According to a new report from Mintel, 123,500 MCS-certified installations of residential small-scale renewables were registered between January and August 2023. This figure represents a 45% increase from the same period last year.
Solar PV dominates residential small-scale renewable installations, accounting for 82% of the completed installations in the first eight months of 2023.
Consumer interest in small-scale renewables is rising, supported by high energy costs and increased environmental awareness. A 2022 Kantar Profiles/Mintel survey found that 24% of consumers were considering installing solar panels, 23% an energy-efficient boiler and 11% a heat pump.
Upfront costs, however, remain a clear barrier to adoption. More attractive finance options, like green mortgage products and interest-free loans, are therefore needed to encourage installation of green technologies. In the Department for Energy Security and Net Zero (DESNZ)’s Spring 2023 Public Attitude Tracker survey, 79% of respondents said that better financial support would be the most significant way to encourage installation of solar PV.
One of the biggest challenges for small-scale renewable deployment is a skilled and trained workforce able to install these technologies in a way that they can meet demand, a statement has said. While some initiatives have been launched to tackle the skills gap, a shortage of qualified installers will likely remain a barrier to greater deployment for the foreseeable future.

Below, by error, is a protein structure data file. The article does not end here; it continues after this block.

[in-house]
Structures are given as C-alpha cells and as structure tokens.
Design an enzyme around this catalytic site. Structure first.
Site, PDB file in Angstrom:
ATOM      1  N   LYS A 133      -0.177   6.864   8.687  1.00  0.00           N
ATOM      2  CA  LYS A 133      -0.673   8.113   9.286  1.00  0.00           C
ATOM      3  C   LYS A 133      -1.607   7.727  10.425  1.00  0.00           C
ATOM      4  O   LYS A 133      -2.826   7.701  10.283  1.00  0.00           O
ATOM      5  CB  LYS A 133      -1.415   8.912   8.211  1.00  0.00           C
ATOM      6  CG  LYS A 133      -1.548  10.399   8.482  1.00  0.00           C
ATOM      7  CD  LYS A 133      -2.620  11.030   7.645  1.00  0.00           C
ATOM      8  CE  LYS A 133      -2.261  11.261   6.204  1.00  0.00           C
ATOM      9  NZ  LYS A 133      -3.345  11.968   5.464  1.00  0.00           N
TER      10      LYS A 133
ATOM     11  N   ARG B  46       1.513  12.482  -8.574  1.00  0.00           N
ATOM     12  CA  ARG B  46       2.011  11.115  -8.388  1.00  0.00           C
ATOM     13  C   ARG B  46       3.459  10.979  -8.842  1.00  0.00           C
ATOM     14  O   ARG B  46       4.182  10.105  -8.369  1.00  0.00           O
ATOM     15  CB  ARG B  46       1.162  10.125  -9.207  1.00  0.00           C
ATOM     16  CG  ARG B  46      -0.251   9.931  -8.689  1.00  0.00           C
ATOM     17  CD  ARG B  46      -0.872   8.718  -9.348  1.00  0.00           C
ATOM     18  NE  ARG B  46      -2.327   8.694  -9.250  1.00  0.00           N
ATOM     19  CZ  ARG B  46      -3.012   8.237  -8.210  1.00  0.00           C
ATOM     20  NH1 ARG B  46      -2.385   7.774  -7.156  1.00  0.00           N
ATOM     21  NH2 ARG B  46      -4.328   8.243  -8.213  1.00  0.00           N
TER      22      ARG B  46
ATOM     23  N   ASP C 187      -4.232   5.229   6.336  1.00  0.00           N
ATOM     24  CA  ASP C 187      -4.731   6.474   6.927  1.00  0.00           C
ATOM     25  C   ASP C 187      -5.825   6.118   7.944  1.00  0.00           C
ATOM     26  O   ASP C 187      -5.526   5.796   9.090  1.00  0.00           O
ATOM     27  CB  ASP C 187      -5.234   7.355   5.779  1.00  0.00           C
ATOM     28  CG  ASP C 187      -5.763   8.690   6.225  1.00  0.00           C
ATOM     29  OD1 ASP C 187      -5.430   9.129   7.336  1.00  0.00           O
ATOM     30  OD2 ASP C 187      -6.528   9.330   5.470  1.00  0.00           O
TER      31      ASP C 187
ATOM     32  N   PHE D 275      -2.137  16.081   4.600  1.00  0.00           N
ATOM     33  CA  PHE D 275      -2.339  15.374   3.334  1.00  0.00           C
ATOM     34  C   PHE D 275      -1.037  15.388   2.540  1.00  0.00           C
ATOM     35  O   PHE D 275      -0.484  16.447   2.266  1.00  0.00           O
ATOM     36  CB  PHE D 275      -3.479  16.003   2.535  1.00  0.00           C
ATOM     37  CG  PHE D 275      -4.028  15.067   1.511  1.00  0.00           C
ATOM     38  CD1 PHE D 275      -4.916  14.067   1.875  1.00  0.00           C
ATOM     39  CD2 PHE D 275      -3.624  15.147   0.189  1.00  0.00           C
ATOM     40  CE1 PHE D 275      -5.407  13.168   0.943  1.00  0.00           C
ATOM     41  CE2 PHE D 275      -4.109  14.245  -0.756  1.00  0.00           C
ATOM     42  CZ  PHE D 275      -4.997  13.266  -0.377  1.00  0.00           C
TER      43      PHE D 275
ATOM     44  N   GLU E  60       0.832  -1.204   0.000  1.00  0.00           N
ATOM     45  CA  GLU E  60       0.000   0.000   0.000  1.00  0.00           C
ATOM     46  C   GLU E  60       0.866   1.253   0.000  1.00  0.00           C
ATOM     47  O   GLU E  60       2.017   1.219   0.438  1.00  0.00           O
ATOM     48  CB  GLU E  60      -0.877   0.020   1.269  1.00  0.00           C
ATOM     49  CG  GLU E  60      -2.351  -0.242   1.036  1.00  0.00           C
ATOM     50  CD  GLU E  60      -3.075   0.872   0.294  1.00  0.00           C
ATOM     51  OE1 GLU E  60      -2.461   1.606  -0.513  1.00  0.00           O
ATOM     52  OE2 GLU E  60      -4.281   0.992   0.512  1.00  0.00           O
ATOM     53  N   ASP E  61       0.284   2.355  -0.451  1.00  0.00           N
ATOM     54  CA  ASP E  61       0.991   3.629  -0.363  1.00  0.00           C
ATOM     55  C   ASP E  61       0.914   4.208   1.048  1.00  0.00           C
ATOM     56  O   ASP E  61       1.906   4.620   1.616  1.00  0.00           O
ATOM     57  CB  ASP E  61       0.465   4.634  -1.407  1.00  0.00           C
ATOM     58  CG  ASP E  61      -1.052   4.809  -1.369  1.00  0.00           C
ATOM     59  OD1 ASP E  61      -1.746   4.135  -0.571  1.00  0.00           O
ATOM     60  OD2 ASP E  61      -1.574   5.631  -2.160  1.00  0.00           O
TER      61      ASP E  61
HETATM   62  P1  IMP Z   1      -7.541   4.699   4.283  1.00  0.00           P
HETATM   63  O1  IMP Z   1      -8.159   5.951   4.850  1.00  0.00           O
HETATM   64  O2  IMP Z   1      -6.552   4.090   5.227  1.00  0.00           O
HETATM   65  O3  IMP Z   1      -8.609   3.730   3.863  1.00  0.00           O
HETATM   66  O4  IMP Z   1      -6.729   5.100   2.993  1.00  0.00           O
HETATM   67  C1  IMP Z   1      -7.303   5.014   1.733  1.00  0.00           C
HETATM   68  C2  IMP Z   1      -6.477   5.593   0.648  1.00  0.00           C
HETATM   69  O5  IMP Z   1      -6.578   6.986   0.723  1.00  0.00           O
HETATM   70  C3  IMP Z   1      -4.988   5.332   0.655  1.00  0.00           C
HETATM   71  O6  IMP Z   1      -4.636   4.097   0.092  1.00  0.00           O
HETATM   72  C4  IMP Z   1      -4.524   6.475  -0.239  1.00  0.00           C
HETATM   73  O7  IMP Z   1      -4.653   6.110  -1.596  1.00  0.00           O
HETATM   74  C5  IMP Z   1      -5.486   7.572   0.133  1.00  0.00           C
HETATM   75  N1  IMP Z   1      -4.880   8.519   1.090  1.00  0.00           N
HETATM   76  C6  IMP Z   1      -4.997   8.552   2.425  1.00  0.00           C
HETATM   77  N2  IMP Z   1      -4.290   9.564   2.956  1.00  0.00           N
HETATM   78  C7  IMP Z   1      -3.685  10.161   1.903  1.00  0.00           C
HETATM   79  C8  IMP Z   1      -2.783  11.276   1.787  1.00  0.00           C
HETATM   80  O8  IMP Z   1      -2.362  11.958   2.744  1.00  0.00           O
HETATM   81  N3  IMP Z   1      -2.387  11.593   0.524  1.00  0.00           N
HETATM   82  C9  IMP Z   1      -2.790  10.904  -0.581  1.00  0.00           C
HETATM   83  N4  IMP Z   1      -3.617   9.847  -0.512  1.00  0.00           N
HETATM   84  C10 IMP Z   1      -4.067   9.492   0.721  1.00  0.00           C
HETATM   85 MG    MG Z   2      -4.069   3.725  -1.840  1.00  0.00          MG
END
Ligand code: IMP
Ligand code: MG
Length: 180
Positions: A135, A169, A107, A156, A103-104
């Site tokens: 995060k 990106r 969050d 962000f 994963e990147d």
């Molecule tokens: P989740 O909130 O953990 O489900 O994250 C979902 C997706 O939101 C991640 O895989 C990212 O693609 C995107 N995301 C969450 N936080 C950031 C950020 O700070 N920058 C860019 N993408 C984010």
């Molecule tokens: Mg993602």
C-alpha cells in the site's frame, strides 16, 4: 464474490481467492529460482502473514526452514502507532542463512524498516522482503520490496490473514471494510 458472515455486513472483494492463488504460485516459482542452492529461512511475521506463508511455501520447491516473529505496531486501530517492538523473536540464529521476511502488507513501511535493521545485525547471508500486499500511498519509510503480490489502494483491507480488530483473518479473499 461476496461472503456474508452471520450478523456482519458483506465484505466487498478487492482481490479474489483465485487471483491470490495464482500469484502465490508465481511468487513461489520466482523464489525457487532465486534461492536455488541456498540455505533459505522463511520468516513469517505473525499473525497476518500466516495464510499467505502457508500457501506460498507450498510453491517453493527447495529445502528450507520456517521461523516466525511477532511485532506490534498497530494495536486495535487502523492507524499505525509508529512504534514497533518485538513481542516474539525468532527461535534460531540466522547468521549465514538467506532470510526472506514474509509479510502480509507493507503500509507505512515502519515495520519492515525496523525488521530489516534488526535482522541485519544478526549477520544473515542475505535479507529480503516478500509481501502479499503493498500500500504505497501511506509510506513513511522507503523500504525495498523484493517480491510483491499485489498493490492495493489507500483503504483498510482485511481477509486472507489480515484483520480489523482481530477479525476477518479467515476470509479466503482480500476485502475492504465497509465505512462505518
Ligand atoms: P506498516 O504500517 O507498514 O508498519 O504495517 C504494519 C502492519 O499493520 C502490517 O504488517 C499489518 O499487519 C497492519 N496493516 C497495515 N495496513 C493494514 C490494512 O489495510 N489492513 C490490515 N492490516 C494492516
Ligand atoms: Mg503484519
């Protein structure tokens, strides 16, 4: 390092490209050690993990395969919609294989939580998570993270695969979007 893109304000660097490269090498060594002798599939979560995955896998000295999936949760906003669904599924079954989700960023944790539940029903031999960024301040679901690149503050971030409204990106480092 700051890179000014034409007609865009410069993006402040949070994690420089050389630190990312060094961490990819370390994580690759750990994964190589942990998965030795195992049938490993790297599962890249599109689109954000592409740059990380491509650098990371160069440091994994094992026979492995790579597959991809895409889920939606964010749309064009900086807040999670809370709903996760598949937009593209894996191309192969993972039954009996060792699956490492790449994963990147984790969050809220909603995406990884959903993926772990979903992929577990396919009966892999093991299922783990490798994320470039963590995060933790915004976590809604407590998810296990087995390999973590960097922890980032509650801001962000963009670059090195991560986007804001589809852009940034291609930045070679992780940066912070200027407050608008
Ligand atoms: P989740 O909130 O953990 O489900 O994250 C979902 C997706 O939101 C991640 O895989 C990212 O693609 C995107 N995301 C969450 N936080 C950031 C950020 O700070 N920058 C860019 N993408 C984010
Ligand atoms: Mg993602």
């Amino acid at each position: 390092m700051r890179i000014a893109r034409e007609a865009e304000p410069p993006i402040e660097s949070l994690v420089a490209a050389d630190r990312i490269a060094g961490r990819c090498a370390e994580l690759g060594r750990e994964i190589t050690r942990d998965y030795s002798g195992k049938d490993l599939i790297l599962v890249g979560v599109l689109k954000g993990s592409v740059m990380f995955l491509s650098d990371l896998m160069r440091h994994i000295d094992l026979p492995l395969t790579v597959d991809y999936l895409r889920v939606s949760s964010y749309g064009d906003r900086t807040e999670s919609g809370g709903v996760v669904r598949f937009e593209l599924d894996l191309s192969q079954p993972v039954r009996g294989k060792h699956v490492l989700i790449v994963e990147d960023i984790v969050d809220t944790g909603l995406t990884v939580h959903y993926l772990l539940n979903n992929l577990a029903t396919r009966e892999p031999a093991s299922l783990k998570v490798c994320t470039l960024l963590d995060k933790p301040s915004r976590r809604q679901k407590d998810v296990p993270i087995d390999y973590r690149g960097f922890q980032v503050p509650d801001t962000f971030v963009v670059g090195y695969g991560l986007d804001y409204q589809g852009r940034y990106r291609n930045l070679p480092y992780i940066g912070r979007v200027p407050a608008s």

The government’s decision to relax its fossil fuel heating phase-put plans may hamper the roll-out of heat pumps as it sends confusing messages to homeowners. It could also derail investment in the supply chain, skills and capacity as the goalpost has been moved. Labour has said it will not reverse the government’s relaxed plans of the phase-out of fossil fuel boilers, if it wins power at the next General Election.
In the new build sector, the upcoming Future Homes Standard presents opportunities for the residential small-scale renewables industry. Its aim is to ensure that new homes built from 2025 will produce 75-80% less carbon emissions than homes built under the current Building Regulations, Mintel stated.
While the government remains reluctant to mandate certain types of low-carbon technologies, the expectation is that heat pumps will become the main source of heating system for most new homes and that developers will lean towards rooftop solar PV installation to comply with the new standards, Mintel reported.